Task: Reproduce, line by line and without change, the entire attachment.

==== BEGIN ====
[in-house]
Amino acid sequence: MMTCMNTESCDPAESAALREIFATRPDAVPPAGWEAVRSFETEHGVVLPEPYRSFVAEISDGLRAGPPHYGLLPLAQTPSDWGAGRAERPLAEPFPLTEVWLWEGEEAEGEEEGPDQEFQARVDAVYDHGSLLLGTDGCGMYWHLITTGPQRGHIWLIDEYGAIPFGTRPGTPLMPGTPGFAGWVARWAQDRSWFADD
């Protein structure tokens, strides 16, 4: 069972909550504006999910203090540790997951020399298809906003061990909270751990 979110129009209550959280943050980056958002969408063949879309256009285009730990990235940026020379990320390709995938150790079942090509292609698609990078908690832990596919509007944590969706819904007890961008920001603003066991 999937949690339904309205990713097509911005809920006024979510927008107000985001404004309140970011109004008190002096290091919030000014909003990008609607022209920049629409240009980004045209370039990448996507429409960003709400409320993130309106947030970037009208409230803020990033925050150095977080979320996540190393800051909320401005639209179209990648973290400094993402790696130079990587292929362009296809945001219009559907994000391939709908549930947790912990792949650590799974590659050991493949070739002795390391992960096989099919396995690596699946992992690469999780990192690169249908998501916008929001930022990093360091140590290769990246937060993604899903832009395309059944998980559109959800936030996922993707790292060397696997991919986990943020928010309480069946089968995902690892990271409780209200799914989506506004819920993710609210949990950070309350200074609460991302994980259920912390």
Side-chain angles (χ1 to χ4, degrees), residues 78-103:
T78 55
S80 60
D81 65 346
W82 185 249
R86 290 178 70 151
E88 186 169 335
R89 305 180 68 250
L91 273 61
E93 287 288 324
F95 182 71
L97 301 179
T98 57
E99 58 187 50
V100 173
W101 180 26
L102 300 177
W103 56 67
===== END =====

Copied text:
[in-house]
Amino acid sequence: MMTCMNTESCDPAESAALREIFATRPDAVPPAGWEAVRSFETEHGVVLPEPYRSFVAEISDGLRAGPPHYGLLPLAQTPSDWGAGRAERPLAEPFPLTEVWLWEGEEAEGEEEGPDQEFQARVDAVYDHGSLLLGTDGCGMYWHLITTGPQRGHIWLIDEYGAIPFGTRPGTPLMPGTPGFAGWVARWAQDRSWFADD
């Protein structure tokens, strides 16, 4: 069972909550504006999910203090540790997951020399298809906003061990909270751990 979110129009209550959280943050980056958002969408063949879309256009285009730990990235940026020379990320390709995938150790079942090509292609698609990078908690832990596919509007944590969706819904007890961008920001603003066991 999937949690339904309205990713097509911005809920006024979510927008107000985001404004309140970011109004008190002096290091919030000014909003990008609607022209920049629409240009980004045209370039990448996507429409960003709400409320993130309106947030970037009208409230803020990033925050150095977080979320996540190393800051909320401005639209179209990648973290400094993402790696130079990587292929362009296809945001219009559907994000391939709908549930947790912990792949650590799974590659050991493949070739002795390391992960096989099919396995690596699946992992690469999780990192690169249908998501916008929001930022990093360091140590290769990246937060993604899903832009395309059944998980559109959800936030996922993707790292060397696997991919986990943020928010309480069946089968995902690892990271409780209200799914989506506004819920993710609210949990950070309350200074609460991302994980259920912390």
Side-chain angles (χ1 to χ4, degrees), residues 78-103:
T78 55
S80 60
D81 65 346
W82 185 249
R86 290 178 70 151
E88 186 169 335
R89 305 180 68 250
L91 273 61
E93 287 288 324
F95 182 71
L97 301 179
T98 57
E99 58 187 50
V100 173
W101 180 26
L102 300 177
W103 56 67